Once all the coaches had time to work with the individual pairs, we introduced some binding concepts, previews what we would cover after the break, had some Q&A, and broke for lunch.

Well, not everyone. We spent about 20 minutes with the hookers and 8s, having them work together on releasing the "brake", timing the strike with extra pressure from the 8, and letting the 8 work on their body position and timing out of the gate for pick attacks. At the same time, we worked with the flankers - showing them how to take the power of the scrum and use it to improve their speed and explosiveness off the scrum. Ie, it is possible to watch the ball, think about what comes after the scrum, AND actually drive.

Once the whole group returned, the real fun started.

With each of the 4 groups, we worked on speed of engagement, and movement as a unit. Too often, the players in the scrum wind up "chasing" the front row into the engagment, creating an accordian-type effect. We used something we've been calling "scrummaging sprint starts" to teach players how to apply and maintain pressure from the back to the front, how to use their binds to preserve as much individual power as possible, how to react to pressure from behind, and how to explode, like a sprinter, across the tunnel. We start this process in groups of 3 (2 + 1, position irrelevant), and build to groups of 8. This is when everything starts coming together, and the players go through the setup sequence the learns as individuals, only now as a group. This takes about 20-30 minutes, and once the full 8 person start looks good, we start doing reps on the predator.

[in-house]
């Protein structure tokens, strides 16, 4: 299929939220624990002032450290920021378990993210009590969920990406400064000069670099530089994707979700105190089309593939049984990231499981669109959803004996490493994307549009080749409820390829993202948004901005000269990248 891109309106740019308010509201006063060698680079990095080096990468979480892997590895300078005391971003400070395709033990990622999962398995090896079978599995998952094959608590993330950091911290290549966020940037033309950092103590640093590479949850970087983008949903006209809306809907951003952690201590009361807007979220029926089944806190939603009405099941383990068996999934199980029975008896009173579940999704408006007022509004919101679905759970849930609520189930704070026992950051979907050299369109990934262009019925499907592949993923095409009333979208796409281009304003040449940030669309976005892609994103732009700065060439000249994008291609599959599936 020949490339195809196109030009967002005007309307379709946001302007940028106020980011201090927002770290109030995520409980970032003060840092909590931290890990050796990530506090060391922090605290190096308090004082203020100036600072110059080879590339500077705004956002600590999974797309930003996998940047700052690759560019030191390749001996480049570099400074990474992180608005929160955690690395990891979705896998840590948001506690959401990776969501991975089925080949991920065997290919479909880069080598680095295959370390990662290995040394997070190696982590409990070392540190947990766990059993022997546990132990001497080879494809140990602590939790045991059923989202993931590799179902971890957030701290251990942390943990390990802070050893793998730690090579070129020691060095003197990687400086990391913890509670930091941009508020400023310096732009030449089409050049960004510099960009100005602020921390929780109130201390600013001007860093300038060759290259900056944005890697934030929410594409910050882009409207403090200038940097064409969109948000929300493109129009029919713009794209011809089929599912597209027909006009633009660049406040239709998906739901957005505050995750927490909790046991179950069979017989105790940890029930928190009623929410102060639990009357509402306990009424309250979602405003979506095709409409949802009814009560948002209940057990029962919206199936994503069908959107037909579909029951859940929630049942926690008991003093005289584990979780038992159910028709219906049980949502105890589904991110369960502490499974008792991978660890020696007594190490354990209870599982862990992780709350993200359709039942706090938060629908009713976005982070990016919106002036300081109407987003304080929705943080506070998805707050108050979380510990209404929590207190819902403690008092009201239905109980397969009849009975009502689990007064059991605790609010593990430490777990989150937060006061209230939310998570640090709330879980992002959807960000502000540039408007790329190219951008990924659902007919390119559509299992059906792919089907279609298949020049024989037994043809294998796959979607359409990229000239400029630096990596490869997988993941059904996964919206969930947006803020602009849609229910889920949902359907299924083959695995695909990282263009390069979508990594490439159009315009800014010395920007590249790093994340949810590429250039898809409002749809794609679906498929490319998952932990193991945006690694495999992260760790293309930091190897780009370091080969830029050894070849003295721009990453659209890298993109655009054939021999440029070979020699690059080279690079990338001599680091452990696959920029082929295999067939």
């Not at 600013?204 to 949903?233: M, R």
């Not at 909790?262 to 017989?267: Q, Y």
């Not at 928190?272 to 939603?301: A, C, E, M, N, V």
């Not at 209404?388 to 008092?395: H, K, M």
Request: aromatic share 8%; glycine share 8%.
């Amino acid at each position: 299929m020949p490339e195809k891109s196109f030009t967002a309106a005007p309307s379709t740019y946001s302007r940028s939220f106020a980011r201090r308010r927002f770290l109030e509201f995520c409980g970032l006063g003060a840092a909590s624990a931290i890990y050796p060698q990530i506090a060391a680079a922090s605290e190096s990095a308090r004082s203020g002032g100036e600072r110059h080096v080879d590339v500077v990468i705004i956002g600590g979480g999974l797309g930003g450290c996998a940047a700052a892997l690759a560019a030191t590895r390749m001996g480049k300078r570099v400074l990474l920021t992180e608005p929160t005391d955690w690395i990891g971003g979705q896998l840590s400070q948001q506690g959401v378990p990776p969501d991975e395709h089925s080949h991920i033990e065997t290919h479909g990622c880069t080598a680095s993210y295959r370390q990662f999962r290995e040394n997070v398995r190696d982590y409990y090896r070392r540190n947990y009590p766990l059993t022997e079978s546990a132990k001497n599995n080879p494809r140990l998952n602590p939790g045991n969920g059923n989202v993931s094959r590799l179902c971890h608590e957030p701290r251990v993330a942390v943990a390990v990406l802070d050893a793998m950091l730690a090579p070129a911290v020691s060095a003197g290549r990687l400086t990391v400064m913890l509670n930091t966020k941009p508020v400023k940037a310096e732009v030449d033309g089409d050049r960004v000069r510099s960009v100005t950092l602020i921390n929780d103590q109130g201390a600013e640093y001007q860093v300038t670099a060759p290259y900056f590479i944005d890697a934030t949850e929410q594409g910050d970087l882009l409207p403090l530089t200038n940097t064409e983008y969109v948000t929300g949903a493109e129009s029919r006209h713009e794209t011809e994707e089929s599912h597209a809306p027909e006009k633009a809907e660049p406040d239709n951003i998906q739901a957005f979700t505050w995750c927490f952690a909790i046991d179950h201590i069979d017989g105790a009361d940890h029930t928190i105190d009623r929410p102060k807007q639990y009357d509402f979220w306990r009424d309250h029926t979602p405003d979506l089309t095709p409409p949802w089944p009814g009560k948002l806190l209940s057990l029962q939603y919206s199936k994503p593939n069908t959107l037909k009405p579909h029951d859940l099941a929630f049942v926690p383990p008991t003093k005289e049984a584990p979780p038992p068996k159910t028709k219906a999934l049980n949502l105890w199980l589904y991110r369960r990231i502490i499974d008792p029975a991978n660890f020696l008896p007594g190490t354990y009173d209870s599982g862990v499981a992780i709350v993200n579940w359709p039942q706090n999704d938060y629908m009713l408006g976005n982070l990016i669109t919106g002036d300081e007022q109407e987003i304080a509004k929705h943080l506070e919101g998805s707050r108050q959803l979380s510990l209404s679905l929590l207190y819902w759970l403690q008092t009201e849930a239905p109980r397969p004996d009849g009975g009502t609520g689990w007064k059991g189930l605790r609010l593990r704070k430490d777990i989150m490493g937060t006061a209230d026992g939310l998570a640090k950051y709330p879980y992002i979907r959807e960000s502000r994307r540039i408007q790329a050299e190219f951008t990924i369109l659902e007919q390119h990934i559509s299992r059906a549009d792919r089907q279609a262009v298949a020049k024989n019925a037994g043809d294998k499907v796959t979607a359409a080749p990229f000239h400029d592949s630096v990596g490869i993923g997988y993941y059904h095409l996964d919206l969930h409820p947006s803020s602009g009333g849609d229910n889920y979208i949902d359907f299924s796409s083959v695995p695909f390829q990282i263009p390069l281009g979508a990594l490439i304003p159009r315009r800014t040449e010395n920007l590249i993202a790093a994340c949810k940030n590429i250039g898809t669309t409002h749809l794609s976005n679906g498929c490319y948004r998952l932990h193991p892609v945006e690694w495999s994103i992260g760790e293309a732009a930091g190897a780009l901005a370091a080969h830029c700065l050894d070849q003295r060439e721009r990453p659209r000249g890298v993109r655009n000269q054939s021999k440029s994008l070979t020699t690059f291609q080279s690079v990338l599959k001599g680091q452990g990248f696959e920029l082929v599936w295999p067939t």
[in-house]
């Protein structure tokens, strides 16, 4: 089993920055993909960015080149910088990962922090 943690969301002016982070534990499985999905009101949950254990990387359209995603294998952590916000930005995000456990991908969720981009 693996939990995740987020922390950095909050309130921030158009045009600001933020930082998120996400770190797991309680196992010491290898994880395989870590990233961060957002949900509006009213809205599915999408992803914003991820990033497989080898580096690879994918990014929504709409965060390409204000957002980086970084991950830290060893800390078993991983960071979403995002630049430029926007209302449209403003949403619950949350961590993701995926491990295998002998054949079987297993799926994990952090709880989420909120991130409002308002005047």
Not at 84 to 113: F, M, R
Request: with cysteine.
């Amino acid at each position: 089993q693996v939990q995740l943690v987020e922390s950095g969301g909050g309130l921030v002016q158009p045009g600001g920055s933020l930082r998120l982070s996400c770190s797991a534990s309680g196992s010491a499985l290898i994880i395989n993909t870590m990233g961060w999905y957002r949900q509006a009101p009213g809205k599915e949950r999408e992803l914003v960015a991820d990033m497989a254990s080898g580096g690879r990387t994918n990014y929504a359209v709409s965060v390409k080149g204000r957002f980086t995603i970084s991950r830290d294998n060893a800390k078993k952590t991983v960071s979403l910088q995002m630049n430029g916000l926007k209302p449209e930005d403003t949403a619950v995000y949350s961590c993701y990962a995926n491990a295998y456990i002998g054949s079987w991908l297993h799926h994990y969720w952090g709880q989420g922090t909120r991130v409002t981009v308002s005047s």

At this point - we're working in full packs. We like to take a few reps on the predator, do some starts, and challenge another pack. We continue like this, tweaking, getting faster, and challenging, for the remainder of the day. As the groups get better and better, we can advance. One of my favorite exercises is to the have the groups work as "cooperative competitors" to move up, back, left, and right. This sort of movement is only possible when the players focus on solid body position, balance, core tension, and collective movement ... EIGHT AS ONE. We did this for about 45 more minutes, until we sensed the players were reaching the saturation point. At about 2:15, we wrapped up for the day. It was a hugely fulfilling day - most college players seldome get to spend even 30 minutes working on their own individual scrummaging skills, let alone 4 hours.

So t was a really good rugby day, and I'm starting to get pumped about the spring club season and the U23 Territorial season.

Thanks again to Roshna and the JMU hosts, but especially to Kristin and Stacy, who have really grown into terrific young coaches. Thanks guys!

3 Comments:

Dan said...

Sounds like a brilliant day.

When it comes out, I would recommend watching the session by Geoff Moon at the RFU Coaching Conference Nov 07 on DVD.

Dispelled a few myths plus some great tips for scrummaging.

Try this one.

Bend at the hips before you bend at the knees for a straighter back position.

Dan

www.betterrugbycoaching.com

Meredith said...

Lisa's right there with you, Dan. Our cadence is "Flat! Sink!" to emphasize exactly that.

Angie said...

Ha, sorry I missed this one..I love nothing more than the fireman carry with Baker..cant pass up gummy.....(very funny lisa!)